Calcutta, Feb. 19: Infrastructure giant Larsen and Toubro (L&T) has withdrawn its “men and machinery” from a Metro Railway project in the northern suburbs of Calcutta “since there is no availability of clear site in a substantial patch”.
The reason cited in a letter in effect means India’s biggest builder of Metro projects is not finding room to work in the city because the Bengal government will not persuade squatters on a 5km stretch of railway land to leave.
If the impasse is not resolved, the Noapara-Barasat project will remain in limbo and the matter could reach the courts at some point.
More important, it will send another loud signal that professional groups do not find Bengal conducive to operate in. The Rs 280 crore involved in the specific contract may not be a clinching amount for the company that piled up a revenue of Rs 70,000 crore last year but the impact on Bengal’s already stained reputation will be grave.
The project, scheduled to be completed in 2016, was conceived by Mamata Banerjee when she was railway minister. But the state government appears to have lost interest after Trinamul pulled out of the UPA government.
Over the past year, Metro Railway has written “at least 10 letters to the state government and held over 20 meetings” about the stretch but the official response has been standard: no forcible eviction.
After waiting for months and shifting a part of the light equipment, L&T has now taken away heavy machinery, including rigs required for piling and transit mixers used to carry readymade concrete. The casting yard, set up to construct girders, is deserted now.
L&T wrote in a recent letter to Metro Rail: “Since there is no availability of clear site in a substantial patch, we have withdrawn our machinery and manpower.”
Radhey Shyam, the general manager of Metro Rail, confirmed: “L&T has withdrawn all its machinery and manpower from the project site as we couldn’t hand over the land to them. They have also written to us seeking compensation.”
The compensation was sought in another letter, sources said. “Our manpower and machinery are lying idle. The lease/rental charges for the land taken for construction of a casting yard has to be incurred,” L&T said in the letter.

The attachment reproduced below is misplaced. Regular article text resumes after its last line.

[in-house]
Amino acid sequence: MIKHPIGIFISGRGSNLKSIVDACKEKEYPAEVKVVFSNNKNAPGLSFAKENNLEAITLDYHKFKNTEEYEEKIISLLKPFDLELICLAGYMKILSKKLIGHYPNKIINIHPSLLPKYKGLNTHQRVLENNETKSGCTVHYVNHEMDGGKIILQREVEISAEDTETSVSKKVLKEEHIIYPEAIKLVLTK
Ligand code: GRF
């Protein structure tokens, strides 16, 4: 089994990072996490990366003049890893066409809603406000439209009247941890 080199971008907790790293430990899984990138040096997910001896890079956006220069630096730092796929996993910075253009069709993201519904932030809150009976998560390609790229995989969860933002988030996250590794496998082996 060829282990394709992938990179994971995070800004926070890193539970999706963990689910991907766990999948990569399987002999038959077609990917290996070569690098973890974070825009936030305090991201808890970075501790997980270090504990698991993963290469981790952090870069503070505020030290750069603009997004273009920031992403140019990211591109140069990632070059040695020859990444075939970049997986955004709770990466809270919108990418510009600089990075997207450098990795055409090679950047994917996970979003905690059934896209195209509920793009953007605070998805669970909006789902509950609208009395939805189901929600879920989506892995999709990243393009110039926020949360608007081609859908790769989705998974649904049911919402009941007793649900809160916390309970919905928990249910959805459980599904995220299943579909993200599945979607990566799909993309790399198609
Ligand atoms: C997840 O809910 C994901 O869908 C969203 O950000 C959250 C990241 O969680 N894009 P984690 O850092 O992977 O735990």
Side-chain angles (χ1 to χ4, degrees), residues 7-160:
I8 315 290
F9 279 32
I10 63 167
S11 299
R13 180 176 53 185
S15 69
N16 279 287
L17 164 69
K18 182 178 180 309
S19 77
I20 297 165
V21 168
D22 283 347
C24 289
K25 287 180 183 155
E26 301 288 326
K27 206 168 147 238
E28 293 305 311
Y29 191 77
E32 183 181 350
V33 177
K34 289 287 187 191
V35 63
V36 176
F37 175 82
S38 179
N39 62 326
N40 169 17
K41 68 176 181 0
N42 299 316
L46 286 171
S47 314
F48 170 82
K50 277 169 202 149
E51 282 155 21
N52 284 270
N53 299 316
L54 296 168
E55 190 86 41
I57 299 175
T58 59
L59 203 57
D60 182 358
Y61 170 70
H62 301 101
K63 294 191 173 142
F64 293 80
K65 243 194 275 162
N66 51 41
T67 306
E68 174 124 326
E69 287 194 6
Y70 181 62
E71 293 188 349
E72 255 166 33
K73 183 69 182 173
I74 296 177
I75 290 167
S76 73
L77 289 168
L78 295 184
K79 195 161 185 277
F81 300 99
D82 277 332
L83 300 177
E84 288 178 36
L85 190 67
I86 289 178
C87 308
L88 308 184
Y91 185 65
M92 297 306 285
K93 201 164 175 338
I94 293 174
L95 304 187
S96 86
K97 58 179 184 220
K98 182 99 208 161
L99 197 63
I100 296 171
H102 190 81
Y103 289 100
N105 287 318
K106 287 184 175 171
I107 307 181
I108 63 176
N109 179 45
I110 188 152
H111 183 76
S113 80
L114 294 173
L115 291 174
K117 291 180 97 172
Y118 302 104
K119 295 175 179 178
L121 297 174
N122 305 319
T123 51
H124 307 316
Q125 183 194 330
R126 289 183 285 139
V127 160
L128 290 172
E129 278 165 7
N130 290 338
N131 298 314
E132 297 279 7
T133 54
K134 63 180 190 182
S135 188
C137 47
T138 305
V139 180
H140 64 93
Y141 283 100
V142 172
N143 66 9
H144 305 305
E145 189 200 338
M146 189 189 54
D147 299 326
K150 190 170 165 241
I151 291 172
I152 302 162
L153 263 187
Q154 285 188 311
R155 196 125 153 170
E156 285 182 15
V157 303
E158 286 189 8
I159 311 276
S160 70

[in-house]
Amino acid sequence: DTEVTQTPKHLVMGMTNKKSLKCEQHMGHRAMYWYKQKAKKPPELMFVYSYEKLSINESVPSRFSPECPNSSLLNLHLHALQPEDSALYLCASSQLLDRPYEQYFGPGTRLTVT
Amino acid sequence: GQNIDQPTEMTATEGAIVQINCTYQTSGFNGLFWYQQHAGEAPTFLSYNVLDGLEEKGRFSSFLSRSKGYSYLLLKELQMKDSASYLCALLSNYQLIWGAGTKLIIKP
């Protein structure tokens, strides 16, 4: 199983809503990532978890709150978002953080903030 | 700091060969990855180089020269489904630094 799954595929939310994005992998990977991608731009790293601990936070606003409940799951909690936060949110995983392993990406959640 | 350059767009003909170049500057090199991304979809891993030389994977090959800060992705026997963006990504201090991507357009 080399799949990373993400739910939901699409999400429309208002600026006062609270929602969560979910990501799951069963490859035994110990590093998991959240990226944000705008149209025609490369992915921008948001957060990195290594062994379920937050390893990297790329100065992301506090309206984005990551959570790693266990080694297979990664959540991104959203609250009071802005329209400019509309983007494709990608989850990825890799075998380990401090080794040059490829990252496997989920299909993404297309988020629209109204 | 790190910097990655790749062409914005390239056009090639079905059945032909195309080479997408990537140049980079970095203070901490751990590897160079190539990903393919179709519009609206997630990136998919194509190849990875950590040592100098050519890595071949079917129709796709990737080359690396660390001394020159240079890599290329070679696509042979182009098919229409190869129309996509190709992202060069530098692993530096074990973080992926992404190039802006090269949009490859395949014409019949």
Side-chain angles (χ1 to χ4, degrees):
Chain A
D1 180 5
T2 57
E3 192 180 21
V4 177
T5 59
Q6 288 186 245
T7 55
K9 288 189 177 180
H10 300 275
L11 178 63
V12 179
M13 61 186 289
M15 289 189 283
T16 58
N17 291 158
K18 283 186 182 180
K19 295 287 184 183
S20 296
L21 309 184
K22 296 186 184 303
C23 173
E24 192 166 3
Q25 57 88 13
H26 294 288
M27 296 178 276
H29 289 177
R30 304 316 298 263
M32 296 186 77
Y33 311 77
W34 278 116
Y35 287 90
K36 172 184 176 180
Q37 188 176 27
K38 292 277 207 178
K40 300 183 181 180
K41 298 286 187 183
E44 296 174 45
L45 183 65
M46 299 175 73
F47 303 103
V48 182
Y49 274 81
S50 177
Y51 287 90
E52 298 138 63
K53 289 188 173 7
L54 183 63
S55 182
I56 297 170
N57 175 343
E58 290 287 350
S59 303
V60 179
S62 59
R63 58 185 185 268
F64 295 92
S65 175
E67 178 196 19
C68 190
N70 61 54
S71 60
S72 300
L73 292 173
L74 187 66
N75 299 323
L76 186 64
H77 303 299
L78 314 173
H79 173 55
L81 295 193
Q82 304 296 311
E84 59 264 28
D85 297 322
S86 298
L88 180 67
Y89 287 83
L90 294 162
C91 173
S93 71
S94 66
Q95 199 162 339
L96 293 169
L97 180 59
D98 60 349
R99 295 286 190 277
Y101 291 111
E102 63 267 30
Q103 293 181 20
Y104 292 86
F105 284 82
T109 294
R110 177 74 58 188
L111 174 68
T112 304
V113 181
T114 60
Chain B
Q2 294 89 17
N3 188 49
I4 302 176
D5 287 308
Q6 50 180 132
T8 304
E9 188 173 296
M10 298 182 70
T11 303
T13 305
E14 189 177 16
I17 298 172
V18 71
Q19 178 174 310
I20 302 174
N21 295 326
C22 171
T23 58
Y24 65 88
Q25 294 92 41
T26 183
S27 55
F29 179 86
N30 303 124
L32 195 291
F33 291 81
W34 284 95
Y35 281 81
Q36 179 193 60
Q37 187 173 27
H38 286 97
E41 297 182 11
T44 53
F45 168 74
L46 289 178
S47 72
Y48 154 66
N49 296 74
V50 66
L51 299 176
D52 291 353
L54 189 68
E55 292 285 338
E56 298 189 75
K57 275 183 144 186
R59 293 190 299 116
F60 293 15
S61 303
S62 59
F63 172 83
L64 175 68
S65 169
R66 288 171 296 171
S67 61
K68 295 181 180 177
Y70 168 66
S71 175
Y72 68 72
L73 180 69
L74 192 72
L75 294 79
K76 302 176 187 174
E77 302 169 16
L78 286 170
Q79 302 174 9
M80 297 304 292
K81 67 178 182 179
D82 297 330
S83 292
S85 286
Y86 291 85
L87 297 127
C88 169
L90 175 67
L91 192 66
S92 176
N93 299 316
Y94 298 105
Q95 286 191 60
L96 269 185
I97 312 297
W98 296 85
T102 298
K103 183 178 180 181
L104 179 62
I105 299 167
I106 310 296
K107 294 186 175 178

An L&T spokesperson said: “We would not like to comment on a contractual matter involving the company and its client.”
Railway sources said the company found it difficult to work on small stretches of land. The firm told the railway that a minimum 2km clear stretch and a proper approach road were essential, according to the sources.
Metro GM Shyam said: “We have held a number of meetings with the state government and the local administration but the encroachment has yet to be removed.”
The Railway Protection Force has the power to evict encroachers as its task is to protect railway property and passengers. But eviction has the potential to flare up into a law-and-order issue — a state subject that can only be handled by police and the local administration. “Without the help of the local police and state administration, eviction is not possible,” a railway official said.
In an interview with The Telegraph on August 5 last year, L&T chairman A.M. Naik had suggested a change in Mamata’s land policy. “A distinction should be made between commercial transaction and essential infrastructure projects. World over, this is made,” Naik had said.
But intervention does not figure in the lexicon of the Mamata government whose hands-off land policy has become the biggest liability in attracting investments. Offers of alternative settlements and political persuasion have been shelved after Mamata pulled out of the UPA.
“We have requested the Metro authorities not to go in for forcible eviction as far as possible. They should try to solve the problem through dialogue as far as possible,” said a top official of the state government.
Metro Rail officials said it was impossible to evict the encroachers through dialogue. “We had offered them alternative land and promised to relocate them back here after construction was completed. But there has been no effect,” an official said.
Work on several projects in Calcutta is stalled because of the government’s reluctance to force encroachers to move out but this is the first time a company has pulled out personnel because of the problem.
In October 2011, L&T had won the Rs 280-crore contract for the 5km stretch in the Rs 2,397-crore project connecting Noapara near Dum Dum and Barasat that links the airport with the northern suburbs. The company was to build overhead tracks and stations on railway land between Madhyamgram and Barasat.
But work could never start in earnest because of around 1,900 unauthorised structures — 1,090 hutments and 800-odd shops — covering most of the stretch.
Delhi Metro had also faced land-related problems but they were resolved after the state government intervened.